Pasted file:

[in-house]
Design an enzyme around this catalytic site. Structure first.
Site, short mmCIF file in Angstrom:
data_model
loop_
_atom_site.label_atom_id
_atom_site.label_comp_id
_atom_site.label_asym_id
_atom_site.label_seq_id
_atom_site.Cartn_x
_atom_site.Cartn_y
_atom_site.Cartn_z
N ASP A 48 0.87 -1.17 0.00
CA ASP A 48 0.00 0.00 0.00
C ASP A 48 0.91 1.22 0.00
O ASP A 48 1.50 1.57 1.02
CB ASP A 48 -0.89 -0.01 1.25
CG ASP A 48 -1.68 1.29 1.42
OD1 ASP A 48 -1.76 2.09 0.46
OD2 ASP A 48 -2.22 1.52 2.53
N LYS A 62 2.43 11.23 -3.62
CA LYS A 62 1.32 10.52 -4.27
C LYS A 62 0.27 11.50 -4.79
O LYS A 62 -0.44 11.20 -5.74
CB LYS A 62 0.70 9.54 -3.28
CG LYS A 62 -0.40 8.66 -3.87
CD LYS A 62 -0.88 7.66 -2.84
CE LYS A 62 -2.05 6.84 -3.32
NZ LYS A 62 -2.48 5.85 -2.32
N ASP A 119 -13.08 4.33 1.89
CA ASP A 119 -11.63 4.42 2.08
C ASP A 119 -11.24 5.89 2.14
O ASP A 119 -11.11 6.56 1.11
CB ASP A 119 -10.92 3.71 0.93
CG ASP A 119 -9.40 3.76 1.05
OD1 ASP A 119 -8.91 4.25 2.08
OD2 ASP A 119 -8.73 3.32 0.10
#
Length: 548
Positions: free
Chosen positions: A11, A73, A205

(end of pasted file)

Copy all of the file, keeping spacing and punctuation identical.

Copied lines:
[in-house]
Design an enzyme around this catalytic site. Structure first.
Site, short mmCIF file in Angstrom:
data_model
loop_
_atom_site.label_atom_id
_atom_site.label_comp_id
_atom_site.label_asym_id
_atom_site.label_seq_id
_atom_site.Cartn_x
_atom_site.Cartn_y
_atom_site.Cartn_z
N ASP A 48 0.87 -1.17 0.00
CA ASP A 48 0.00 0.00 0.00
C ASP A 48 0.91 1.22 0.00
O ASP A 48 1.50 1.57 1.02
CB ASP A 48 -0.89 -0.01 1.25
CG ASP A 48 -1.68 1.29 1.42
OD1 ASP A 48 -1.76 2.09 0.46
OD2 ASP A 48 -2.22 1.52 2.53
N LYS A 62 2.43 11.23 -3.62
CA LYS A 62 1.32 10.52 -4.27
C LYS A 62 0.27 11.50 -4.79
O LYS A 62 -0.44 11.20 -5.74
CB LYS A 62 0.70 9.54 -3.28
CG LYS A 62 -0.40 8.66 -3.87
CD LYS A 62 -0.88 7.66 -2.84
CE LYS A 62 -2.05 6.84 -3.32
NZ LYS A 62 -2.48 5.85 -2.32
N ASP A 119 -13.08 4.33 1.89
CA ASP A 119 -11.63 4.42 2.08
C ASP A 119 -11.24 5.89 2.14
O ASP A 119 -11.11 6.56 1.11
CB ASP A 119 -10.92 3.71 0.93
CG ASP A 119 -9.40 3.76 1.05
OD1 ASP A 119 -8.91 4.25 2.08
OD2 ASP A 119 -8.73 3.32 0.10
#
Length: 548
Positions: free
Chosen positions: A11, A73, A205